Constitution bench to hear Sutlej-Yamuna Link (SYL) row on Sept 18
It has been three years since the UPA government made a Presidential reference on the validity of the Punjab Termination of Agreements Act, 2004.
The Act abrogated all water accords with neighbouring States. Regarding this, the Supreme Court on Tuesday fixed September 18 for a final hearing before a constitution bench.
Senior advocate Shanti Bhushan, Haryana government’s counsel, urged the court for an early hearing of the reference. Delhi government advocate supported him claiming that the Capital was also getting affected.
Senior advocate Rajeev Dhavan reiterated Punjab Government’s earlier stand to maintain the flow of water to Haryana and Rajasthan as it existed at the time of formulating the Act in July 2004. He claimed that residents of Punjab opposed the canal’s construction as it would affect the Sutlej basin and is an environmental hazard.
The Punjab Assembly had in July 2004, passed the Termination of Agreements Act, 2004 scrapping all the existing water-sharing agreements since 1981. This came after the SC asked it to complete its part of the Sutlej-Yamuna Link canal.
The State Assembly took an unprecedented step by enacting the law and annulling its water agreements. Earlier, on January 15, 2002 the court had passed a similar direction. Though the Punjab government filed a review petition, the State Assembly promulgated the law to allegedly circumvent the court’s directions.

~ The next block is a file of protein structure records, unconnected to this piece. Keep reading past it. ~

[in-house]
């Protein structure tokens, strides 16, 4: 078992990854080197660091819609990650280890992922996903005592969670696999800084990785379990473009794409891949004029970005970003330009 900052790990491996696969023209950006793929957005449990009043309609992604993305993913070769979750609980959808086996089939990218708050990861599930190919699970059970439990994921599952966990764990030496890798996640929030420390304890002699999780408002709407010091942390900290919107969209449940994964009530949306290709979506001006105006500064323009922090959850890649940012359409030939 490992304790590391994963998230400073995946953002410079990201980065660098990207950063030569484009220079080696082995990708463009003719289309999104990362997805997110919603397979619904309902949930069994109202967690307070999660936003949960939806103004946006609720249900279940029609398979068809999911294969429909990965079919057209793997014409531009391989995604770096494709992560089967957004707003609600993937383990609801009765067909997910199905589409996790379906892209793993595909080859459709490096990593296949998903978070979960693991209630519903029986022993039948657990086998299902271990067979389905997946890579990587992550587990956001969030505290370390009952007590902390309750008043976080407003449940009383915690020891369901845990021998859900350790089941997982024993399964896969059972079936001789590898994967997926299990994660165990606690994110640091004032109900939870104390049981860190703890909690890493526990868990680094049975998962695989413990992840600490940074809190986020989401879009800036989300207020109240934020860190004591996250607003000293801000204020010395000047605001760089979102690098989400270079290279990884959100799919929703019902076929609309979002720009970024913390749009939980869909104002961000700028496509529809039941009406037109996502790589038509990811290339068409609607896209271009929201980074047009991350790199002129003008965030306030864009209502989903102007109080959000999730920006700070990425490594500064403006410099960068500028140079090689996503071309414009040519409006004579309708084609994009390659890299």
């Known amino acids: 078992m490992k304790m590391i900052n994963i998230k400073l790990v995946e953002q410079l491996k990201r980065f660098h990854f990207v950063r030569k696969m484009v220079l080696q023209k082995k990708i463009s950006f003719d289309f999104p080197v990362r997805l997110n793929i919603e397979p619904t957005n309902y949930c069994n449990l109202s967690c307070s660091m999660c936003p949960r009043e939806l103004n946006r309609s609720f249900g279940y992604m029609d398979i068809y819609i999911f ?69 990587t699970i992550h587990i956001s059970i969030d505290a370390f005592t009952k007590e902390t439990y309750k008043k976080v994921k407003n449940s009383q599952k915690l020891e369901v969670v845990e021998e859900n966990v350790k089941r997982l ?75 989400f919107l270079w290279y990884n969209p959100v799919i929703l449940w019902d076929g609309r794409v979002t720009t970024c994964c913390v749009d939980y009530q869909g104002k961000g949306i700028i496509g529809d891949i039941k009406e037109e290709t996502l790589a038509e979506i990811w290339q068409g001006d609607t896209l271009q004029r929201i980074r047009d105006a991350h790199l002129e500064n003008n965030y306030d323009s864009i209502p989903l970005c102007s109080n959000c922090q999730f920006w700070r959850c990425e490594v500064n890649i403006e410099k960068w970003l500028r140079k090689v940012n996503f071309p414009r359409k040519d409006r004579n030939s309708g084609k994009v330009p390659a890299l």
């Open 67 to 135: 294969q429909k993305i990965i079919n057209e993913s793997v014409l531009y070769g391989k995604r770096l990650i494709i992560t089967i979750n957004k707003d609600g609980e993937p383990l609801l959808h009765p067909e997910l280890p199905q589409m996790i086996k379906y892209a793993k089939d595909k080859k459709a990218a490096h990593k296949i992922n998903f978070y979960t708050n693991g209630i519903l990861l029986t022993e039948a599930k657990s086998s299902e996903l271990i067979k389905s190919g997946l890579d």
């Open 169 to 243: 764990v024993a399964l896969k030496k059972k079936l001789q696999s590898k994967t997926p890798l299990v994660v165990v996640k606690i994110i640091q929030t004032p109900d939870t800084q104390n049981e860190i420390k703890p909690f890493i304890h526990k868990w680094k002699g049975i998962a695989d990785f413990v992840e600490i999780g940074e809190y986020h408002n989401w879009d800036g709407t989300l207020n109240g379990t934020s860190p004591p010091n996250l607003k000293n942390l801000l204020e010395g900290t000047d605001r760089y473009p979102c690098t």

However, Section 5 of the Act provided for maintaining the flow of water to the neighbouring states as it existed at the time of passing of the Act in July 2004. The UPA government later made a Presidential Reference to the SC to examine the validity of this Act. All the concerned parties were asked to file their response to the Reference.
When the SAD-BJP led government in Punjab recently threatened to curtail the existing flow of water to the neighbouring states, Haryana approached the SC on March 3 requesting an early hearing.
Meanwhile, the SC directed the Central Government to initiate “appropriate” action on the Central Vigilance Commission report on HUDCO.
The report had indicted the corporation’s officials for allegedly sanctioning loans to private firms having a bad track record on debt re-payment. The bench also asked the Centre to place an action taken report within eight weeks.